As Jimmie Johnson celebrated another NASCAR championship in November, car owner Rick Hendrick was already thinking ahead.
He was calculating moves to make Johnson and his three teammates better. It didn't take Hendrick long to figure them out, either.
Two days after Johnson hoisted his fifth consecutive Sprint Cup trophy, Hendrick made significant changes to his organization. It's the kind of shop swap that could keep NASCAR's most dominant team, Hendrick Motorsports, atop the ultra-competitive racing world.
"We needed to shake it up and have a real reason to come back with some enthusiasm and some self-inflicted pressure," Hendrick said. "We were behind in a lot of areas, so we had to catch up."
Catch up? Hendrick? Really?
By Hendrick's standards, the four-car team fell way behind in 2010. Jeff Gordon, Mark Martin and Dale Earnhardt Jr. were winless.
Gordon, a four-time series winner, was mostly a non-factor and finished ninth in points. Martin and Earnhardt failed to make the 12-man Chase for the championship and finished 13th and 21st, respectively.
The mediocre results came a year after Johnson, Martin and Gordon gave Hendrick an unprecedented sweep of the top three spots in the final points standings.
So Hendrick responded by moving everyone except Johnson and longtime crew chief Chad Knaus.
Earnhardt, who has just one victory in three seasons with Hendrick Motorsports, was paired with Gordon's crew chief, Steve Letarte. Earnhardt moved into the same shop as Johnson and Knaus, and Hendrick believes Letarte's strong personality will help rebuild the waning confidence of NASCAR's most popular driver.
"Everything is new," Earnhardt said. "Sort of wipe the slate clean, so I'm a little nervous. But I think we'll be able to carry it."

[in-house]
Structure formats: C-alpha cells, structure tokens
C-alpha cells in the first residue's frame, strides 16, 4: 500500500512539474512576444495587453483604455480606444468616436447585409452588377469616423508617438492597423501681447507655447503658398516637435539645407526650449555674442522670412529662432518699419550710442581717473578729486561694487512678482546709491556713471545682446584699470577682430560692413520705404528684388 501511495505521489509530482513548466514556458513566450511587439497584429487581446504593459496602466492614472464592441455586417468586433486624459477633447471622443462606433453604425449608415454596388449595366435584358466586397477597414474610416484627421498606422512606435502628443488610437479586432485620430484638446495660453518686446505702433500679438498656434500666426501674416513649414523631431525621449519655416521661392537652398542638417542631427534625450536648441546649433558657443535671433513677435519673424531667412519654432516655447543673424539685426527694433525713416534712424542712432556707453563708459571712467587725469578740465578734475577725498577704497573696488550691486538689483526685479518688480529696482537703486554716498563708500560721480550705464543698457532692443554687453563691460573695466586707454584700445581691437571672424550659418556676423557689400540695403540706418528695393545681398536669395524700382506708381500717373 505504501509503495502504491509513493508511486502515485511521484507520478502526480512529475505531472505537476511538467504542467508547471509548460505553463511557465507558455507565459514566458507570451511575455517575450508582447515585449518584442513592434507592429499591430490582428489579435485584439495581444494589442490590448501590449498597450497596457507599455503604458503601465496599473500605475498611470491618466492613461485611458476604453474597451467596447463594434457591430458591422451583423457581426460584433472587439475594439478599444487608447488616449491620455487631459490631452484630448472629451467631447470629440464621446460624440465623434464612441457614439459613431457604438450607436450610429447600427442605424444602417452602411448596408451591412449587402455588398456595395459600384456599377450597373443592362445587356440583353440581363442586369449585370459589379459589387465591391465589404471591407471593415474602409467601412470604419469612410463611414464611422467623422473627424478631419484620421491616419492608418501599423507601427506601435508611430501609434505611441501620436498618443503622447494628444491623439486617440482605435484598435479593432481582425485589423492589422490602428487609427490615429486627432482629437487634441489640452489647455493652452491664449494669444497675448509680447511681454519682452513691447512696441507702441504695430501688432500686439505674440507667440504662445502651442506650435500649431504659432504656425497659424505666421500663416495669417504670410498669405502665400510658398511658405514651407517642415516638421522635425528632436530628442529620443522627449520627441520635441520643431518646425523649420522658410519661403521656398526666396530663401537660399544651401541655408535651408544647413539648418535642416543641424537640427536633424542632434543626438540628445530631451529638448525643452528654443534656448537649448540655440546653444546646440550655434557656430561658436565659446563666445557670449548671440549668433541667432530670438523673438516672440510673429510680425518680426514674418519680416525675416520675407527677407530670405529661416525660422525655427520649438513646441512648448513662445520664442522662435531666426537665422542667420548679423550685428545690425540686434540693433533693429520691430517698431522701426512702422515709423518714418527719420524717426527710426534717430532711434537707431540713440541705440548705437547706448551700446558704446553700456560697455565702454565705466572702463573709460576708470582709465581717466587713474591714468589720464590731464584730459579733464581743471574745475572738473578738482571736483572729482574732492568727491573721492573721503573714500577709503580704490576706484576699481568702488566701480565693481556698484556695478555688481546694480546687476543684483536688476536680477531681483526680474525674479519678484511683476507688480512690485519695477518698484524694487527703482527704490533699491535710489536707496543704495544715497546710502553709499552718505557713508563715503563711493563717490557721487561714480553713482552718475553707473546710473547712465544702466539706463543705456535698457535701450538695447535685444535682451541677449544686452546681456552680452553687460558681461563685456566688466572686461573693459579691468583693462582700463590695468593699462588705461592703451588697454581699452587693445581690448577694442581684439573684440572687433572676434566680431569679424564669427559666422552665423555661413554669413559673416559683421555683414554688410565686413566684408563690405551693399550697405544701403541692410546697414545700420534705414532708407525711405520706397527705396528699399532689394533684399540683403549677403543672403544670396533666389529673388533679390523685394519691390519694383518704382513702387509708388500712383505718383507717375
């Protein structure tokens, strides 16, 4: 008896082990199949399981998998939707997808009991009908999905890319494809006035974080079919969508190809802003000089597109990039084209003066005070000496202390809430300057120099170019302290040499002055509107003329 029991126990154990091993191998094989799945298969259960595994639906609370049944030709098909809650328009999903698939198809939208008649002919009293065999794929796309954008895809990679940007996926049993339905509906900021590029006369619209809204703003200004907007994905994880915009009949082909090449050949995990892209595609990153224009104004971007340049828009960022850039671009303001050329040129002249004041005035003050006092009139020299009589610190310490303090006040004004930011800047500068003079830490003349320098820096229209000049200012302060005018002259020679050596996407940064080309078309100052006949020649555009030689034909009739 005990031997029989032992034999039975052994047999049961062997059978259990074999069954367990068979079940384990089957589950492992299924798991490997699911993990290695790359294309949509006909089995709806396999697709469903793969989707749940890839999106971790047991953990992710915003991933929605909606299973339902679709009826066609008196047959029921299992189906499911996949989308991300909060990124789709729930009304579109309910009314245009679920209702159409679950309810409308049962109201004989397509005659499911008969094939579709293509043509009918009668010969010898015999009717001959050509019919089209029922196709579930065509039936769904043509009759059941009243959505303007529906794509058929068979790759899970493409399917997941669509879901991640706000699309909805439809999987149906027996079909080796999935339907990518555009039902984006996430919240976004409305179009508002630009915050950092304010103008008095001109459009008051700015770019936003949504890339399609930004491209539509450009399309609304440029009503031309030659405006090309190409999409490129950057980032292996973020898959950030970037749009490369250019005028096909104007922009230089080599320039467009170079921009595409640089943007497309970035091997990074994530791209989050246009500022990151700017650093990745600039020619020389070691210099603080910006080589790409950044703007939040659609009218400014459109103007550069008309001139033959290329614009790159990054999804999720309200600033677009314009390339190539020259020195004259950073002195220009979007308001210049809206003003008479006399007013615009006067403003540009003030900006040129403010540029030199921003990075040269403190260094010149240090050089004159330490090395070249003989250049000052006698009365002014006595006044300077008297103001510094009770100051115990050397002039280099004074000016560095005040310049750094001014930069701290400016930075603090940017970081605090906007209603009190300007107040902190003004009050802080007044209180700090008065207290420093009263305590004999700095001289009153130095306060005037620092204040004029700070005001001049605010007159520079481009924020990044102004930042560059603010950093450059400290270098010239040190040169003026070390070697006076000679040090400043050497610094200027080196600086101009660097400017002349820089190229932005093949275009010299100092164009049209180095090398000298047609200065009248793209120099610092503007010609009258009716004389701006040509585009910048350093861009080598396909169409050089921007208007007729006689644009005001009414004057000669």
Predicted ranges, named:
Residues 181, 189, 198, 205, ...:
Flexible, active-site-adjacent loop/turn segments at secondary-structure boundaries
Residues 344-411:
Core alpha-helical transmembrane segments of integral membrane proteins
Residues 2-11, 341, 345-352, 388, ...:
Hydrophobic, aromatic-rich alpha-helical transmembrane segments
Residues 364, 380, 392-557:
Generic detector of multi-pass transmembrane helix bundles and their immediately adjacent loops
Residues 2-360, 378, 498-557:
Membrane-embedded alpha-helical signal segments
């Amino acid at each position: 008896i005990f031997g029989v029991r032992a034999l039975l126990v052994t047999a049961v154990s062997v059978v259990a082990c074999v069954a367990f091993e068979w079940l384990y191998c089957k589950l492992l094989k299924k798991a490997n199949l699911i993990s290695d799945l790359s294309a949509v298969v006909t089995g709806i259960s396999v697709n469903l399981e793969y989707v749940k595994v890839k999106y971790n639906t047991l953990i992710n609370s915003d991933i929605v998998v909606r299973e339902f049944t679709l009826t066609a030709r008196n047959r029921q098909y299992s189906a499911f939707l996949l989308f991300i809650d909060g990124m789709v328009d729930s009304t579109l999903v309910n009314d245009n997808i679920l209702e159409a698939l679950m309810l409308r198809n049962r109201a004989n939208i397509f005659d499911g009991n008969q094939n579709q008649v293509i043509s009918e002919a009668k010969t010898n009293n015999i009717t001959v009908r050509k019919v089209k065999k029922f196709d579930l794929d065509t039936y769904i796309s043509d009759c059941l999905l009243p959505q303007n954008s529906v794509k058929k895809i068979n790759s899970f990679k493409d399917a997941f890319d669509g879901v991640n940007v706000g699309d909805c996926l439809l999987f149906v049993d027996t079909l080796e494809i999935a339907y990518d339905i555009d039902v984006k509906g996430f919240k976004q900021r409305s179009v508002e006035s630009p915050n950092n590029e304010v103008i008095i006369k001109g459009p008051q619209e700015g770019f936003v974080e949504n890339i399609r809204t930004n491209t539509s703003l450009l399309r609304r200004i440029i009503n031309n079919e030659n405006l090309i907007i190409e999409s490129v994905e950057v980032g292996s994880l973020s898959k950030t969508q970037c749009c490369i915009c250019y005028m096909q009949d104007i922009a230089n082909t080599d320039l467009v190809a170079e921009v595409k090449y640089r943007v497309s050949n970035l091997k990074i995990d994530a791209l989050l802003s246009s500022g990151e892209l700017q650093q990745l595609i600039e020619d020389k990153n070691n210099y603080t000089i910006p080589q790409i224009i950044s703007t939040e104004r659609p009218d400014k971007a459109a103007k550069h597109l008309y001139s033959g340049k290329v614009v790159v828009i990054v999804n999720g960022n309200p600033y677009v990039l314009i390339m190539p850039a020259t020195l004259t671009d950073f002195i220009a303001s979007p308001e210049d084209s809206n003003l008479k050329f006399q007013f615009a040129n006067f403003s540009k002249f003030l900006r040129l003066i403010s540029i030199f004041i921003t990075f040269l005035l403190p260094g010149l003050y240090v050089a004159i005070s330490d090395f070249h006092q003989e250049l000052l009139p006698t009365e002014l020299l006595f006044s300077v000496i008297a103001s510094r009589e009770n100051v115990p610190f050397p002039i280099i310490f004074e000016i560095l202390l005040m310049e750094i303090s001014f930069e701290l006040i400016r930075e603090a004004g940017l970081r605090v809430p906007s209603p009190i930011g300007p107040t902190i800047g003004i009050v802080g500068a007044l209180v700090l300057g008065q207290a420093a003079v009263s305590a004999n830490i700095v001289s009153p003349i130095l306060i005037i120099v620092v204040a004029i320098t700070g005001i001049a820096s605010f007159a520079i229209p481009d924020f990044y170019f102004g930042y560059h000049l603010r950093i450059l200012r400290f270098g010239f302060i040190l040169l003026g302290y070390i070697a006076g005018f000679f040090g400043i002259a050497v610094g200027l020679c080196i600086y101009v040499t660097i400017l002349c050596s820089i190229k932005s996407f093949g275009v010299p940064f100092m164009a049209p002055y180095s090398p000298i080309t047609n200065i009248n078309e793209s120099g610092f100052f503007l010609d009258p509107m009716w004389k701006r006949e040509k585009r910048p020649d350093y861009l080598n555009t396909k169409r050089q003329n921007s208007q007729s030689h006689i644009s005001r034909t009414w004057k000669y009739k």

Gordon was teamed with Martin's crew chief, Alan Gustafson.
"When a move that big is made, it sparks up a lot of conversation about why would that have happened and what caused that to happen," Gordon said.
Martin switched to Earnhardt's crew chief, Lance McGrew. Earnhardt and McGrew spent the last 60 races together, extending Earnhardt's losing streak to 93. Martin and McGrew have worked together previously and even won a Nationwide race in Las Vegas in 2008.
"Magic is sort of intangible," Martin said. "It's not something you can reach out and touch, and we had magic going on in 2009 and we had magic going on in 1998 and I am aware of it. And I am working hard to try and create it and maintain it through 2011 with Lance and my team."
Johnson's team got an adjustment, too. Hendrick shook up Johnson's entire pit crew in hopes of fixing the most noticeable chink in the defending champ's armor.
"This team is tough," Knaus said. "We've got the depth at Hendrick Motorsports that allows us to go out there and make changes and seamless changes to our cars and our race teams where it doesn't affect us too much."
Hendrick called a companywide meeting after the Nov. 7 race at Texas, where Johnson's crew was benched in the middle of the event and Denny Hamlin outran the No. 48 team to take the lead in the championship standings. No personnel decisions were made during that meeting.
But it certainly was the catalyst for Hendrick's overhaul.
So far, the reviews have been strong.
Earnhardt and Gordon swept the front row in qualifying for Sunday's season-opening Daytona 500, and all four cars were fast in practice Wednesday. Earnhardt, though, wrecked during the session, moved to his third car of Speedweeks, and will have to start in the back of the pack Sunday.
Otherwise, there have been few issues.
"Hey, the honeymoon's still going on," Hendrick said. "Until they've run four or five races or 10 races they think they've solved all their problems. Sometimes, if you come back the same, you stay the same. We needed something to stimulate us and a reason to get excited about this year."
Hendrick made improving Earnhardt's team his top priority before the 2010 season, but marrying the No. 88 with Martin's No. 5 team didn't work the way he had planned. It also hurt Martin's production.
Now, Hendrick is trying to get three teams back up to speed with Johnson and Knaus. Not many would consider such bold changes, but Hendrick had to take plenty of chances to rise to the top of the sport in the first place.
"We're going to be better. I just feel it," Hendrick said. "We took some things for granted. Maybe we were in the bunker mentality a little bit a year ago because of (our success in) '09, and the economy and everything else and just watching the world, and didn't pay enough attention to we needed to work harder."